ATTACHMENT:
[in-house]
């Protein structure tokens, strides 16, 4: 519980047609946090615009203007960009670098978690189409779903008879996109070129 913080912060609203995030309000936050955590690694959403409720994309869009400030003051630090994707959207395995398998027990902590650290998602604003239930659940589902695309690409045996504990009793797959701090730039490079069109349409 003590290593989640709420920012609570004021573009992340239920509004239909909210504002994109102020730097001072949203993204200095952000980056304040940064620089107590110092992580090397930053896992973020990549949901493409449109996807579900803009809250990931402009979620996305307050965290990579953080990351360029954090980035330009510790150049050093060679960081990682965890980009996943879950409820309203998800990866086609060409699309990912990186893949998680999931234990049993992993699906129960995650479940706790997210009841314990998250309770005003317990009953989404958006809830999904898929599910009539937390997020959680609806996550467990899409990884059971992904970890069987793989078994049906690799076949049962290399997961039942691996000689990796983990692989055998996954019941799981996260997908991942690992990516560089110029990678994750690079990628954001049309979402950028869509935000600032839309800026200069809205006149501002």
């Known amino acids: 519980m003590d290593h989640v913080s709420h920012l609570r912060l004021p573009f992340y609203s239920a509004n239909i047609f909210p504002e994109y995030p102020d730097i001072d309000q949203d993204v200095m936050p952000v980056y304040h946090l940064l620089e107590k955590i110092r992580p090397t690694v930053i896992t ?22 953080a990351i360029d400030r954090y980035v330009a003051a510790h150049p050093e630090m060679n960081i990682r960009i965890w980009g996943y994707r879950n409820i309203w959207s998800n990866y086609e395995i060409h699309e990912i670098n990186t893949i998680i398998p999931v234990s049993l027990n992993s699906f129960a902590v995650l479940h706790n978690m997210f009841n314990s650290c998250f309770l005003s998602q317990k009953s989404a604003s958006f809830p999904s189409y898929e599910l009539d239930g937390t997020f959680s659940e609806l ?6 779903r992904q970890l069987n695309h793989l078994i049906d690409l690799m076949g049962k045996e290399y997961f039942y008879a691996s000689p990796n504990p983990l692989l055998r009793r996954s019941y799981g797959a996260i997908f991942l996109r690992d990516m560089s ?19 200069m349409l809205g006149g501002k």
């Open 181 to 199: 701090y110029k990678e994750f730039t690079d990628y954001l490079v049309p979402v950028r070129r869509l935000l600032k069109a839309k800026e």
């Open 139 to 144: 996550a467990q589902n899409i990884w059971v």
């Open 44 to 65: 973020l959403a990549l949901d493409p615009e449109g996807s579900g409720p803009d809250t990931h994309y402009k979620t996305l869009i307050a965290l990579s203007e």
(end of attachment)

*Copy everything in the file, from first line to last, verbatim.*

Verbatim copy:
[in-house]
């Protein structure tokens, strides 16, 4: 519980047609946090615009203007960009670098978690189409779903008879996109070129 913080912060609203995030309000936050955590690694959403409720994309869009400030003051630090994707959207395995398998027990902590650290998602604003239930659940589902695309690409045996504990009793797959701090730039490079069109349409 003590290593989640709420920012609570004021573009992340239920509004239909909210504002994109102020730097001072949203993204200095952000980056304040940064620089107590110092992580090397930053896992973020990549949901493409449109996807579900803009809250990931402009979620996305307050965290990579953080990351360029954090980035330009510790150049050093060679960081990682965890980009996943879950409820309203998800990866086609060409699309990912990186893949998680999931234990049993992993699906129960995650479940706790997210009841314990998250309770005003317990009953989404958006809830999904898929599910009539937390997020959680609806996550467990899409990884059971992904970890069987793989078994049906690799076949049962290399997961039942691996000689990796983990692989055998996954019941799981996260997908991942690992990516560089110029990678994750690079990628954001049309979402950028869509935000600032839309800026200069809205006149501002």
């Known amino acids: 519980m003590d290593h989640v913080s709420h920012l609570r912060l004021p573009f992340y609203s239920a509004n239909i047609f909210p504002e994109y995030p102020d730097i001072d309000q949203d993204v200095m936050p952000v980056y304040h946090l940064l620089e107590k955590i110092r992580p090397t690694v930053i896992t ?22 953080a990351i360029d400030r954090y980035v330009a003051a510790h150049p050093e630090m060679n960081i990682r960009i965890w980009g996943y994707r879950n409820i309203w959207s998800n990866y086609e395995i060409h699309e990912i670098n990186t893949i998680i398998p999931v234990s049993l027990n992993s699906f129960a902590v995650l479940h706790n978690m997210f009841n314990s650290c998250f309770l005003s998602q317990k009953s989404a604003s958006f809830p999904s189409y898929e599910l009539d239930g937390t997020f959680s659940e609806l ?6 779903r992904q970890l069987n695309h793989l078994i049906d690409l690799m076949g049962k045996e290399y997961f039942y008879a691996s000689p990796n504990p983990l692989l055998r009793r996954s019941y799981g797959a996260i997908f991942l996109r690992d990516m560089s ?19 200069m349409l809205g006149g501002k």
């Open 181 to 199: 701090y110029k990678e994750f730039t690079d990628y954001l490079v049309p979402v950028r070129r869509l935000l600032k069109a839309k800026e």
């Open 139 to 144: 996550a467990q589902n899409i990884w059971v």
């Open 44 to 65: 973020l959403a990549l949901d493409p615009e449109g996807s579900g409720p803009d809250t990931h994309y402009k979620t996305l869009i307050a965290l990579s203007e």